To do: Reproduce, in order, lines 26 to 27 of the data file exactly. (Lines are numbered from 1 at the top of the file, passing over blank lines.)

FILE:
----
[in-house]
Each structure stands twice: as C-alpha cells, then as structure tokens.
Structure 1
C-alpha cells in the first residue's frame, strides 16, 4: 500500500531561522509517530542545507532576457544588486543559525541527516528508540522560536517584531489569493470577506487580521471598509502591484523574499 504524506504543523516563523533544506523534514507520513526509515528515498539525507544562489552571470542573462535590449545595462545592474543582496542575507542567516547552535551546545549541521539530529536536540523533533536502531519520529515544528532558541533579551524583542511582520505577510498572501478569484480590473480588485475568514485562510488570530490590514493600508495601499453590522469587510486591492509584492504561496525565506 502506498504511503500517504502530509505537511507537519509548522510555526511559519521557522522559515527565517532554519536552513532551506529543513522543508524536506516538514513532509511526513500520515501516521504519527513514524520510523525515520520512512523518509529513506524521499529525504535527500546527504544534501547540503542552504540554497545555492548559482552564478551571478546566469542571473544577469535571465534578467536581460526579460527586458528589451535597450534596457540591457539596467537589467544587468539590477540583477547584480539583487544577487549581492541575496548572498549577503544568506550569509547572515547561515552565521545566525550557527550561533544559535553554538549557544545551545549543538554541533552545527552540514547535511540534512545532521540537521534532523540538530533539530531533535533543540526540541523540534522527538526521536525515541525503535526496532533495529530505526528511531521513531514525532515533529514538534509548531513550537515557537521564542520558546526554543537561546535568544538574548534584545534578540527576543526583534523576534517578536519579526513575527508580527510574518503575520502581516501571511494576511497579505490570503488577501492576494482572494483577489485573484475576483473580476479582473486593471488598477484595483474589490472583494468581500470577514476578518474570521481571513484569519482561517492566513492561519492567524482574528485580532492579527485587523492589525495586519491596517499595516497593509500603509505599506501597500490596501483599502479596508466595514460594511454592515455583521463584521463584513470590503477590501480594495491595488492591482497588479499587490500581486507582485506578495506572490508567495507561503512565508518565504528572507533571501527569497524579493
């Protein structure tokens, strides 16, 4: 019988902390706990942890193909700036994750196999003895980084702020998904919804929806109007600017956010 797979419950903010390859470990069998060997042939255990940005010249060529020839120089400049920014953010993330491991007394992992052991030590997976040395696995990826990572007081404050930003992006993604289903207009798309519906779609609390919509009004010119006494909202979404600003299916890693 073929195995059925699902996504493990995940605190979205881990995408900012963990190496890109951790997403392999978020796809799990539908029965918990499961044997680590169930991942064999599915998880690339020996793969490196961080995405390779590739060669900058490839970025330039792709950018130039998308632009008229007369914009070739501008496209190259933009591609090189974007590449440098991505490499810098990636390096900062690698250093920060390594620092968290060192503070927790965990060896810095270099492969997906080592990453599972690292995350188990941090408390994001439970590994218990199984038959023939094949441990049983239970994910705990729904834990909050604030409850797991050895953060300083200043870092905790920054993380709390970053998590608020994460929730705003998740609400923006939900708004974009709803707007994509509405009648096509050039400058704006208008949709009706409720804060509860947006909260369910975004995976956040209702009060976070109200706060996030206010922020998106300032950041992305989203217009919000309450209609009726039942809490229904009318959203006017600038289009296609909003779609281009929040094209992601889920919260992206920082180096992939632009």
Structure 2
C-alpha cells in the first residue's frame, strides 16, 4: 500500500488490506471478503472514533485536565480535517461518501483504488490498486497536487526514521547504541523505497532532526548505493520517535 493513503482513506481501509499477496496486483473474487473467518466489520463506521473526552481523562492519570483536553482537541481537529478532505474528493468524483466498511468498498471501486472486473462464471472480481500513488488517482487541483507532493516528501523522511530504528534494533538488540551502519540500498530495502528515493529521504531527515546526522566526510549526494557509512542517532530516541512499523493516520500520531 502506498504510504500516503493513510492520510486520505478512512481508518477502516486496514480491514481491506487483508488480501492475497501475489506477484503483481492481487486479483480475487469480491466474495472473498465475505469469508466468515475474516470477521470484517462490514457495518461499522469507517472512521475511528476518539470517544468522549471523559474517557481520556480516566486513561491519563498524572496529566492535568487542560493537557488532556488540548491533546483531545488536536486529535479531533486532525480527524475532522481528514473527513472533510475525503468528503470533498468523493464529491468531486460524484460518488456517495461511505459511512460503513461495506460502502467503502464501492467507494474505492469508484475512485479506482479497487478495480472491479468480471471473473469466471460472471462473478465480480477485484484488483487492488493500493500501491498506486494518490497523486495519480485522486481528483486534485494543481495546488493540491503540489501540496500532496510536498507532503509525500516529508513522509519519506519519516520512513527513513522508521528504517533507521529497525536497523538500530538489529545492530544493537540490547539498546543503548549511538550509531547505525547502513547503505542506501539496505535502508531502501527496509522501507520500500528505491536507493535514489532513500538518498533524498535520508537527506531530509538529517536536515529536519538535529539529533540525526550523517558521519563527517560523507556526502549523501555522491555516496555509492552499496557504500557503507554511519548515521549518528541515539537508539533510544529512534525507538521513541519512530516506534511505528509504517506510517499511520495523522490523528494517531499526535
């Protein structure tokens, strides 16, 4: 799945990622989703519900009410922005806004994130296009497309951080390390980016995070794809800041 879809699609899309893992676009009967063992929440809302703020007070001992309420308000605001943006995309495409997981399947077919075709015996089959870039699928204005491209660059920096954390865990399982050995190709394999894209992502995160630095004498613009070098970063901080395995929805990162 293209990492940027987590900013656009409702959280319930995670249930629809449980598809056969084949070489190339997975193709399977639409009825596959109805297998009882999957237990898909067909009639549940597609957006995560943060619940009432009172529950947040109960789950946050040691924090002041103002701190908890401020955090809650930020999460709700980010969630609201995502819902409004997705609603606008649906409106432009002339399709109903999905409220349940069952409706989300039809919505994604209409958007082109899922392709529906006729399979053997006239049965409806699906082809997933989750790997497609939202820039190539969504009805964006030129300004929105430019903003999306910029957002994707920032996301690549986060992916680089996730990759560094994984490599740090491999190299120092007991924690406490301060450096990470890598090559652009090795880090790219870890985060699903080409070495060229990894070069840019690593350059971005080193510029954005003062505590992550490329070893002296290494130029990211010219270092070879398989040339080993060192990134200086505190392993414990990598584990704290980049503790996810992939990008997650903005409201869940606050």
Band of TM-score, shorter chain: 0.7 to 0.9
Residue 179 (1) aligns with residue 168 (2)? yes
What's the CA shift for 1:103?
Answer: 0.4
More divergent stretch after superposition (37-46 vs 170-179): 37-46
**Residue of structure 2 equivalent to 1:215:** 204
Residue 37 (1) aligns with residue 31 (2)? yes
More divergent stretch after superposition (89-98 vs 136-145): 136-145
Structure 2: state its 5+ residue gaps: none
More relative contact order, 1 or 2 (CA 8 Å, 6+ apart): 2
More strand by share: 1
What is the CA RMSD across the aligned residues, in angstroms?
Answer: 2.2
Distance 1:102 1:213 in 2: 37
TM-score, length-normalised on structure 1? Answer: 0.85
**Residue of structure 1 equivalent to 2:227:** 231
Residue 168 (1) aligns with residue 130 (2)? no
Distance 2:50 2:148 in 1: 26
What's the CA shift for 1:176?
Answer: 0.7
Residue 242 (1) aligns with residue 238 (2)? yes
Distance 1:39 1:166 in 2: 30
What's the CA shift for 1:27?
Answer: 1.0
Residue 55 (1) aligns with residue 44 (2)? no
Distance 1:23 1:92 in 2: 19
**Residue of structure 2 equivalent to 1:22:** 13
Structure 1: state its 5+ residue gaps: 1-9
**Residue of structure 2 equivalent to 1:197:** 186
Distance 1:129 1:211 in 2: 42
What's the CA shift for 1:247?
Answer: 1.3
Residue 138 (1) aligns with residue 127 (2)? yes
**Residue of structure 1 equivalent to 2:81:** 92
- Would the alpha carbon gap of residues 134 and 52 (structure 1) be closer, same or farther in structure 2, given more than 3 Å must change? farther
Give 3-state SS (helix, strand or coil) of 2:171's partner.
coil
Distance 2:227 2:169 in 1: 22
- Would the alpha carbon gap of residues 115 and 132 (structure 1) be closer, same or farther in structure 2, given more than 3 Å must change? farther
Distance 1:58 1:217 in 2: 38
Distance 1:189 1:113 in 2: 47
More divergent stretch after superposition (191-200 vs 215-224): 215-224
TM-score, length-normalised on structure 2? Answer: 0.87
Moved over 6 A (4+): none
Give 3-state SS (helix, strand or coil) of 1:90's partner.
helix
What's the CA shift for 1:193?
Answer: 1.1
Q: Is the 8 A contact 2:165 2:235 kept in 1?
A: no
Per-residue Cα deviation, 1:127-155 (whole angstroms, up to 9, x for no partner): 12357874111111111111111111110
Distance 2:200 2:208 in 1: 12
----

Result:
Distance 2:50 2:148 in 1: 26
What's the CA shift for 1:176?